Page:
Scholarships rarely find you. But hunting them down and landing them is not impossible, either. With a little preparation and good counsel, even a barely-above-average student can rake in the dough.
Below is advice on scoring scholarships from three financial-aid professionals from three well-known American colleges.
• Mary Nucciarone, director of financial aid at University of Notre Dame
Preparation: Good sources of information are the high school counselor, college admissions representative and the Internet. Start gathering information and searching in your junior year so that during senior year, you have identified the schools and organizations to which you will apply. Create a spreadsheet with the name of the scholarship, the organization, required materials and deadlines to track your applications.
Essays and applications: If you plan far enough ahead, you’ll be able to get plenty of feedback from your family, friends and teachers. If possible, ask for advice on the content of your essay, as well as the style and the flow. The essay can often tip the decision if all other factors seem equal among applicants.
Deadlines: Each school or private organization establishes their own deadline, so consequently there is not a common date. Record the application deadline in the spreadsheet you created so you can manage the process and submit your application prior to the stated deadline.
Precautions: Some private scholarship databases include awards that charge application fees. There are a number of very good scholarship search websites that are free. There also are businesses that offer to search for scholarships for a fee, but beware: The organization may be reputable, but if it sounds too good to be true, it probably is.
• Roberta Daskin, senior associate director of financial aid at Sarah Lawrence College
Preparation: Check with your high school guidance office. They usually know which scholarships are awarded locally. If you decide to do a Web-based search, pace yourself. This can consume lots of time, so as you identify possible scholarships, complete the application before looking for more possibilities.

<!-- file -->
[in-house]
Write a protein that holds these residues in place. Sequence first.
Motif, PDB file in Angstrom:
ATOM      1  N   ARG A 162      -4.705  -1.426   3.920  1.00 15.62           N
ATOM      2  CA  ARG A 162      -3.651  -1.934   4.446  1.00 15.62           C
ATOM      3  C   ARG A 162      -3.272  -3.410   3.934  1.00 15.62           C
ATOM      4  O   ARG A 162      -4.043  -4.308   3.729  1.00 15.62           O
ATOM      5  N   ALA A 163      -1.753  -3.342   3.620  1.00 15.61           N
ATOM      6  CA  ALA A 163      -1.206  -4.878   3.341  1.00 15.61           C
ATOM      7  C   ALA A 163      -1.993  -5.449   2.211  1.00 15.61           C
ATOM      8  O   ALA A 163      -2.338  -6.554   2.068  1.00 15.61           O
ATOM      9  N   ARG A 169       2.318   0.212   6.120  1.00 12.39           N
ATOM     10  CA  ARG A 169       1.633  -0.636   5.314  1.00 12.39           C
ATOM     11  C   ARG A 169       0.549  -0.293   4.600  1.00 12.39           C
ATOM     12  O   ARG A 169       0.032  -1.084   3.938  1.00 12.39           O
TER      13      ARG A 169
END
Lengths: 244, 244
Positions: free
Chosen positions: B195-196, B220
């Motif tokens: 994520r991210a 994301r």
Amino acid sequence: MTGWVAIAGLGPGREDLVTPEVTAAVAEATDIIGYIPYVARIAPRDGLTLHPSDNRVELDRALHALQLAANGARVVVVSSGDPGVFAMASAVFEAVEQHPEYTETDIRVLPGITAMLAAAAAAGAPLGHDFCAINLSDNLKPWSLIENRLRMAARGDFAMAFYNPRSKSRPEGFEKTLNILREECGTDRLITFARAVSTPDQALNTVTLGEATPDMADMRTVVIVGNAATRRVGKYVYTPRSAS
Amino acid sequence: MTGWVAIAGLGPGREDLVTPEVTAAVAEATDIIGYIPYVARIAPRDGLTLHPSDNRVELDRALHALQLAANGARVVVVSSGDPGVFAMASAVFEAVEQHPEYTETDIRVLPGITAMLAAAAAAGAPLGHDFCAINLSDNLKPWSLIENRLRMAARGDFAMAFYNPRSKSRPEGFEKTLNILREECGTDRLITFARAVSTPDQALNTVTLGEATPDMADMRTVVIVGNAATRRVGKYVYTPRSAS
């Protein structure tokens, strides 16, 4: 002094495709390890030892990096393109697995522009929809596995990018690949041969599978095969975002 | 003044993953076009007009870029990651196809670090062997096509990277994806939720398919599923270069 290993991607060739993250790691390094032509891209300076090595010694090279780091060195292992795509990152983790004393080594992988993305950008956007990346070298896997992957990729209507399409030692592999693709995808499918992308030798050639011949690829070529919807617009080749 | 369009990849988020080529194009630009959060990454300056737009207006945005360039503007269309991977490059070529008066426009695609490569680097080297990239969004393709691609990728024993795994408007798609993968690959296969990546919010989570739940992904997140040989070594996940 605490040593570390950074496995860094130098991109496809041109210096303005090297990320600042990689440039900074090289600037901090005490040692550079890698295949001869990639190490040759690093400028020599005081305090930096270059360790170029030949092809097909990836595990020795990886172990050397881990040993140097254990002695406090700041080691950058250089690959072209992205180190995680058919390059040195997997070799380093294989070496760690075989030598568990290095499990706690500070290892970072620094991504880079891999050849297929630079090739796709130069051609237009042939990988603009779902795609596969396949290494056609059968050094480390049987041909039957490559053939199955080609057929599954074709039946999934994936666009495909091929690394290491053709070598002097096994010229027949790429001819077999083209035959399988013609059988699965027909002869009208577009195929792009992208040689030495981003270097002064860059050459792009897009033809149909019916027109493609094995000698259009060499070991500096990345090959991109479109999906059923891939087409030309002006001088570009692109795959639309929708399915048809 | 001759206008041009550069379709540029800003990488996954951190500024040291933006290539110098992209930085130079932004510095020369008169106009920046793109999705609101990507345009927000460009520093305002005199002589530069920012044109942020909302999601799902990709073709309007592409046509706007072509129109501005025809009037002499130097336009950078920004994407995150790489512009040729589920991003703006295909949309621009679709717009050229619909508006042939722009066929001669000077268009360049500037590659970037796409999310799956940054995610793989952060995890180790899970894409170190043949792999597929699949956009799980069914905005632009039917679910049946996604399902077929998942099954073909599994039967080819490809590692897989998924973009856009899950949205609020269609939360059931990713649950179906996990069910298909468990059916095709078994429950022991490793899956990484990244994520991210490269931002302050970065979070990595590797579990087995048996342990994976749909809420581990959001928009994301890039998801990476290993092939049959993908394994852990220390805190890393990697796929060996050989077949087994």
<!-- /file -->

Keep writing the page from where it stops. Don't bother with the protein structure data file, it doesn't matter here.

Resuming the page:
Essays and applications: The most important part of your scholarship search is to follow the directions of the colleges to which you are applying. Complete the FAFSA and any other required forms or applications before you start looking for outside scholarships. Remember, most of the scholarship dollars come from the government and the colleges.
Deadlines: Deadlines vary by college, but you can’t be too early. Go ahead and estimate numbers on your FAFSA and other forms, then update the numbers or send tax returns to college financial aid offices when returns are ready.
Precautions: Never pay to apply for a scholarship.
If at all possible, ask your parents to file their tax return by April 15. Tax extensions can delay the final decision on your awards.
• Laura Diven-Brown, financial aid director at the University of Mississippi
Preparation: Just remember that to be competitive for scholarships, you should strive for great grades, participate in extracurricular activities and step up to leadership roles in student organizations. You need to be involved. Scholarship committees look for individuals who can successfully juggle other responsibilities with class.
Essays and applications: This is the time to “brag on yourself,” so do it. Have a list on hand of your accomplishments so you can easily reference them when filling out applications.
On your essays, make an impression! Think of the things that set you apart from other students that might have similar academic credentials. Tell your story. Be sure to compose your essays in a Word document first, so you can check your spelling, grammar and word count.
If you prepare an essay, read it out loud to someone else — or even just yourself. There is no better way to identify problems with choppy and repetitive writing. You want your essays to sound concise, smooth and interesting.
Deadlines: The scholarship process is very different from school to school. So it’s critical to find out about timelines from each institution individually.
Take note if there is a priority date for application submission and think of that as your deadline. It is best to make a calendar of deadlines and work on applications in date order.
Precautions: Because applications must be prepared carefully, do not wait until the last minute to complete them.
Submit as many applications as you can, because scholarships are very competitive and, realistically, most students do not get full-ride offers. Instead, you should try to stack as many awards as possible to make the college of your choice affordable.
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